AG Sessions brings tough-on-crime talk to Las Vegas

Attorney General Jeff Sessions, giving a speech in Las Vegas on July 12, 2017. (Jeff Gillan | KSNV)

On a sunny and steamy Wednesday morning, Deborah Harry had a message.

“I love my President. He’s doing a wonderful job. I want to give him a chance to make America great again,” she said.

Harry was standing on the opposite corner of the new federal justice building on Las Vegas Boulevard with a handful of other Trump supporters.

Across the street stood other people, with opposing opinions. Both camps were here to welcome U.S. Attorney General Jeff Sessions.

Minutes later, eight floors above, Sessions walked into a conference room crowded with law enforcement.

“It’s good to be with you and good to be in Nevada,” Sessions said.

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Sessions’ 30-minute speech portrayed an America under siege by a rising rate of violent crime, threatened by gangs, and overwhelmed by opiates.

“You all know we have a multi-front battle in front of us right now,” Sessions said, adding “we cannot accept the status quo.”

But the centerpiece of his address was a full-throated defense of the Trump Administration’s approach to immigration.

“Under President Trump’s leadership, we are finally getting serious about securing our border,” said Sessions. “I think the message of this election - the desire of the American people is clear: they want a lawful system of immigration that serves our national interests and protects our public safety.”

Sessions came to Las Vegas because we're under a Justice Department sanctuary city spotlight. At stake: more than 900,000 in federal funds which could be withheld if Washington determines local governments are not cooperating with immigration authorities.

Local governments have consistently said they are not sanctuaries, but the issue lingers because, in 2014, the Las Vegas Metropolitan Police Department said, as a result of court rulings, it would not detain persons on federal immigration holds, except in certain circumstances.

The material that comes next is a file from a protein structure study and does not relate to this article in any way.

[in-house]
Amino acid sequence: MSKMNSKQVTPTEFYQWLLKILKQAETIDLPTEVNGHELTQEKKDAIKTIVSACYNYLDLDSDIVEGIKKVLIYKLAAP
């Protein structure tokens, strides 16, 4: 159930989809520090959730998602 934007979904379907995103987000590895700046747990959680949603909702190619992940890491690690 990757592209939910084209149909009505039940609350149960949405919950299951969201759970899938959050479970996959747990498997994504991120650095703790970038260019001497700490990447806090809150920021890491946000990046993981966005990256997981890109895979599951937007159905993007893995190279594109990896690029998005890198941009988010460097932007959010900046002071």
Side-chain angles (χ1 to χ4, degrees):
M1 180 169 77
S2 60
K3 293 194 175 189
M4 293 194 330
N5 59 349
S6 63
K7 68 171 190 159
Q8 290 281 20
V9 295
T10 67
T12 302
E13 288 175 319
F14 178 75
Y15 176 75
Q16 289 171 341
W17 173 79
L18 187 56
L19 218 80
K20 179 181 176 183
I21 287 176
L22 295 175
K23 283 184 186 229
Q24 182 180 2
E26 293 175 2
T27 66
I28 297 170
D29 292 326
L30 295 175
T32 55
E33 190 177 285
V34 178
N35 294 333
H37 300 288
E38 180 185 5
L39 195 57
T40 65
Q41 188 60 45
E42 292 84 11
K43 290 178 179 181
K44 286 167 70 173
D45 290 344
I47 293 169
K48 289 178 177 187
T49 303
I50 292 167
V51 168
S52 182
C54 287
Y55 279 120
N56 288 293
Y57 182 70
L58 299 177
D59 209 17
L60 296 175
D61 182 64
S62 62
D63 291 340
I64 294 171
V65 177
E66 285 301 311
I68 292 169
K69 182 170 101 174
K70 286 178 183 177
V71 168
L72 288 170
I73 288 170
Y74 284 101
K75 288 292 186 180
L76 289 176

But that was then.

Three years later, LVMPD fully complies, turning over people who have been arrested and who are wanted by immigration. It participates in what’s known as the “287g” program, under which local police cooperate with immigration authorities.

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Sessions promised a quick review of our supposed sanctuary city status, taking a swipe at the lists that claim we are, in fact, a sanctuary.

“I'm not sure that was accurate,” said Sessions, telling his audience he had spoken with Clark County Sheriff Joe Lombardo on Tuesday.

Since the beginning of the year, LVMPD has turned over 327 people to immigration. Around 169 more are still in jail.

“We're getting the right people out of here that do not belong in our community,” says LVMPD Deputy Chief Richard Suey, who oversees the Detention Services Division.

In front of the federal building, immigration activists worry the administration's tough stand could keep immigrants from reporting crime, something LVMPD does not want to see happen.

“That not only puts these families at risk but it puts the whole community at risk because people are not going to feel comfortable or safe talking to law enforcement,” says activist Erika Castro, who joined several dozen protestors.

“We don’t need any extra legal actions where citizens need to fear being sought because they don’t, quote unquote, look like an American. What does an American look like,” said Jean Green Dunbar, who stood nearby.

John Hermeler had a different perspective and wore his Donald Trump socks to prove it.

“Keep America safe. Not just Nevada. But build that wall. Absolutely no sanctuary cities and stop funding cities that approved sanctuaries. Because it's just not right,” Hermeler said.

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